Hurricane 2012: Before the storm - Protect your loved ones and history

Preparing pets

Emergency Management and Animal Services officials recommend pet owners create a checklist when assembling their own hurricane supply kits. Here are some tips compiled from websites across the nation:

■ Make sure pet vaccinations are up to date.

■ Arrange for family or friends to shelter you and your pet inland, away from the storm if you cannot leave or cannot find alternative pet-friendly lodging. If your pet is on medications, ask if your vet offers shelter.

■ Bring extra food, water and medications — enough to last several days to three weeks.

■ Include pictures of you and your pet in the emergency kit.

■ Bring an appropriate-sized carrier for your pet with identification information on the sides. Keep each pet in a separate carrier, confining smaller animals away from larger ones.

■ Carry important pet paperwork and veterinarian records in plastic, watertight bags.

■ Bring food and water dishes, a can opener, utensils, cat litter, litter box, pooper-scooper and bags, first-aid kit, leashes, dish soap, paper towels, blankets, some favorite toys or treats, flea collars or flea-repellent drops.

■ Make sure your pet is wearing a collar with identification tags and label all your pet’s belongings. Also consider microchipping your pet.

■ Transport hamsters, gerbils, ferrets and other small mammals in carriers that can maintain the animals while at the boarding location. Take food, water, bowls, bottles, bedding and other necessary items.

■ For birds or lizards, transport them in secure travel cages or carriers without water. Keep the cage in a quiet area and don’t let them out. Take a photo for identification and either leg band or microchip the bird. Bring medicine, medical records, water, food, toys, newspapers or cage lining and cleaning supplies.

■ For reptiles, a pillowcase is a good transport carrier for snakes, as long as the snake is immediately transferred to a more secure cage once you reach the boarding location. Bring adequate food — especially if the reptile requires frequent feedings — along with a water bowl and heating pad.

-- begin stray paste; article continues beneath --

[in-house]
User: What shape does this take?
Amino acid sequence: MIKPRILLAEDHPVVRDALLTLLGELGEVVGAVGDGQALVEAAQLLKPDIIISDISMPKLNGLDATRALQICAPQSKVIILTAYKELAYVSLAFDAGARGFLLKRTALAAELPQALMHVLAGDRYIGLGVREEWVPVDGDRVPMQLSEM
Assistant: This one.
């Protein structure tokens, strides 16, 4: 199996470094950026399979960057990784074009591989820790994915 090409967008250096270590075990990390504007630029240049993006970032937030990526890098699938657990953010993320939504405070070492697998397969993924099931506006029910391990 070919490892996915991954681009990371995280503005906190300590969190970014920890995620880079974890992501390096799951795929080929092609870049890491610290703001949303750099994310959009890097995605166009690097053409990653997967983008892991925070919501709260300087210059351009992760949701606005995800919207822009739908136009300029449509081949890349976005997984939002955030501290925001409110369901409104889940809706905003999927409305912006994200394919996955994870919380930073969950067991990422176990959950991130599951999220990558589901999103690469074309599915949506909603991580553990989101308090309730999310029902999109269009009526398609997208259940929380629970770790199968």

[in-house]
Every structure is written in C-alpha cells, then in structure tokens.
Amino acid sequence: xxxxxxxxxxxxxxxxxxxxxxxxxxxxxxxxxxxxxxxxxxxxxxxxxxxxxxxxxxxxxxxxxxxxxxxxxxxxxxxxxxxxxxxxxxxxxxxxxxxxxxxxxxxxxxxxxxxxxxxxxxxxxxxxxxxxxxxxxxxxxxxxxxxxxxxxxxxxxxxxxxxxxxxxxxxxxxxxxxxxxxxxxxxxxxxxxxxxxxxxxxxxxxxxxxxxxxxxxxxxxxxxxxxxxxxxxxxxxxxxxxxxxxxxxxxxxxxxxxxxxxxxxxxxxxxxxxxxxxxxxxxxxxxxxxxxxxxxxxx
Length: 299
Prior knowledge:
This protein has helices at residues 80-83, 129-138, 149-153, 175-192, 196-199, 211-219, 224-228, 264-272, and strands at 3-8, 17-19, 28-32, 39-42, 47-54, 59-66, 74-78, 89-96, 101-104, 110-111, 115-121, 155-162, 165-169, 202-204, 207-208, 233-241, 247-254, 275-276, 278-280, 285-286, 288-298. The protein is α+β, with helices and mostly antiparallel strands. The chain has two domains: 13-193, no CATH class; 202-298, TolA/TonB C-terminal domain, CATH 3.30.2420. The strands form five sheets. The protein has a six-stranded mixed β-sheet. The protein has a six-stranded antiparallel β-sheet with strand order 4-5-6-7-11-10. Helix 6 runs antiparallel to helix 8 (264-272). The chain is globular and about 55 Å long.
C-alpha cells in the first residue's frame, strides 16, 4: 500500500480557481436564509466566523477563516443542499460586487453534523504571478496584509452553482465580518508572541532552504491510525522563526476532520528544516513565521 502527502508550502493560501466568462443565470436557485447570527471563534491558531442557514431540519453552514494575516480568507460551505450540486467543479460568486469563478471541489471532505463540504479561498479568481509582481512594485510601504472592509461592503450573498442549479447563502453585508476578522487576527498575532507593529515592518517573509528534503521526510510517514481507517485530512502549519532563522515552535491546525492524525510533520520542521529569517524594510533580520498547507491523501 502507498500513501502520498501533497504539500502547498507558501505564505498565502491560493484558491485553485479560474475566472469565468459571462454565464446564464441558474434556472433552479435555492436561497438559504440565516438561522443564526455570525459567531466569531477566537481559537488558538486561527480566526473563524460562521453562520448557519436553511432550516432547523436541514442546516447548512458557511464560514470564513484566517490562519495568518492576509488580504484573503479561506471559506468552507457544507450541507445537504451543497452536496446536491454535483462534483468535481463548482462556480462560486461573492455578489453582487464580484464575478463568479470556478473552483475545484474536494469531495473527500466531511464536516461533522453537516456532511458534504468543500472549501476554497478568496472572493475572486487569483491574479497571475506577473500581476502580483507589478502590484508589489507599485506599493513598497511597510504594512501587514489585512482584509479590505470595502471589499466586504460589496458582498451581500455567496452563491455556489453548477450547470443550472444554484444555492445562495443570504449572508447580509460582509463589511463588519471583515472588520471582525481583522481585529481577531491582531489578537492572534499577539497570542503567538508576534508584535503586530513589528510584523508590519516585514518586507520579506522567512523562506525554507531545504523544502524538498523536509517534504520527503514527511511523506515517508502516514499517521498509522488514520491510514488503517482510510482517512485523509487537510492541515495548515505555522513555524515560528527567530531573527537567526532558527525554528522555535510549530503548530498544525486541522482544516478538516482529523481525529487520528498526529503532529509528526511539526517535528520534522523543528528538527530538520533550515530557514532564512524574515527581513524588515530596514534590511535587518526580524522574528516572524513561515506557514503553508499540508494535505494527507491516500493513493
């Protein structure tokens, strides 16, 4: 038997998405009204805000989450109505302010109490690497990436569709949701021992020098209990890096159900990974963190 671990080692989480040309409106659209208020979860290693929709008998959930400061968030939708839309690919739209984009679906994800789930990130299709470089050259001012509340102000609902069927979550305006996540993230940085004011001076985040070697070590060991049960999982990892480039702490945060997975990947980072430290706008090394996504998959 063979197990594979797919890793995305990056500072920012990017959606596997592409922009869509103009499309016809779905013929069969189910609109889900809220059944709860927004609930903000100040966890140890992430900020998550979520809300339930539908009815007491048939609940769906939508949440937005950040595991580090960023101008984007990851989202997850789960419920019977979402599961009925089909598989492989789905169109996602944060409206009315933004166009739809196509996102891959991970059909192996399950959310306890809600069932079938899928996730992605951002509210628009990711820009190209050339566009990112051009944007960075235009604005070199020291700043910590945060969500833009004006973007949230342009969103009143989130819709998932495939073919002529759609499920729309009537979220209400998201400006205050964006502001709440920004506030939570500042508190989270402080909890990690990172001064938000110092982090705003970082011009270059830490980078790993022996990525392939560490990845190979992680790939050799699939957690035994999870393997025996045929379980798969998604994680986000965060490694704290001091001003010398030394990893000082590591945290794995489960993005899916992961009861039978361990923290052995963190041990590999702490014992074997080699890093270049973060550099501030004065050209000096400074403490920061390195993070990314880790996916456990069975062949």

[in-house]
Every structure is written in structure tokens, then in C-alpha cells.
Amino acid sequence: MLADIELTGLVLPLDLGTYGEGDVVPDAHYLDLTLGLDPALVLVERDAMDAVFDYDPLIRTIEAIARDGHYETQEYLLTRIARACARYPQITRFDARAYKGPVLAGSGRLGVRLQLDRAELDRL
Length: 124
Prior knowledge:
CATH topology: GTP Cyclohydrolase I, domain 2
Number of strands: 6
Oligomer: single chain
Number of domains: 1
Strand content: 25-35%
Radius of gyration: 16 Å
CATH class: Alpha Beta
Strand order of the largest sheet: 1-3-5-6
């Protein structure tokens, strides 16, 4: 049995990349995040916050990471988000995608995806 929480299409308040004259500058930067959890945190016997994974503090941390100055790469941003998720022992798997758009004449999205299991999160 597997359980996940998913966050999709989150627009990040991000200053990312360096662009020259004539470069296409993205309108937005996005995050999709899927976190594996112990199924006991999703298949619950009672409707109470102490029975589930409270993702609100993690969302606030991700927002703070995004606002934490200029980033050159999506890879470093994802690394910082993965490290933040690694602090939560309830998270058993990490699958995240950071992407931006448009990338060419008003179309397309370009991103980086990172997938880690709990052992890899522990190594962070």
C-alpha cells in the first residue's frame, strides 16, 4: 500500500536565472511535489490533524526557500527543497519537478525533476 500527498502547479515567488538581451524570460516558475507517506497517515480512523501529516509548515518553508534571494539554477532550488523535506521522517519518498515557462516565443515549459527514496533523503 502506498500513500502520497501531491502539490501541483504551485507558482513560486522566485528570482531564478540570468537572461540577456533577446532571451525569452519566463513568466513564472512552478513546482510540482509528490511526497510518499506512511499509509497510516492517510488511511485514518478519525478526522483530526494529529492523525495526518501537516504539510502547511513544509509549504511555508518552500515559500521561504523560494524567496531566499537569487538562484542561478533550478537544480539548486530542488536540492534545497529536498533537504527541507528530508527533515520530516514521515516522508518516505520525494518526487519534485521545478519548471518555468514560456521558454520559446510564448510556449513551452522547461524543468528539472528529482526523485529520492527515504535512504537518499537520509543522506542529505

If you remain at home with your pet:

■ Noise from a storm can frighten a pet. If possible, keep the pet within sight.

■ Use the supplies in your pet survival kit for your pet’s sanitary and food needs.

■ Never leave your pet chained outside.

■ Never tranquilize pets. They need to use survival instincts to escape potential danger.

■ Anchor outside objects that cannot be brought inside to avoid injury to animals, humans or property.

■ Walk pets on a leash until they become reoriented to their home. Often, familiar scents and landmarks may be altered and pets can easily be confused and become lost.

■ Downed power lines, reptiles brought in with high water and debris also can pose a threat for animals after a disaster.

■ Pets can become aggressive or defensive after a hurricane, so monitor their behavior.

■ If pets cannot be found after a disaster, contact the local animal control office to find out where lost animals can be recovered. If possible, bring a picture of your pet.

© 2012 All rights reserved. This material may not be published, broadcast, rewritten or redistributed.

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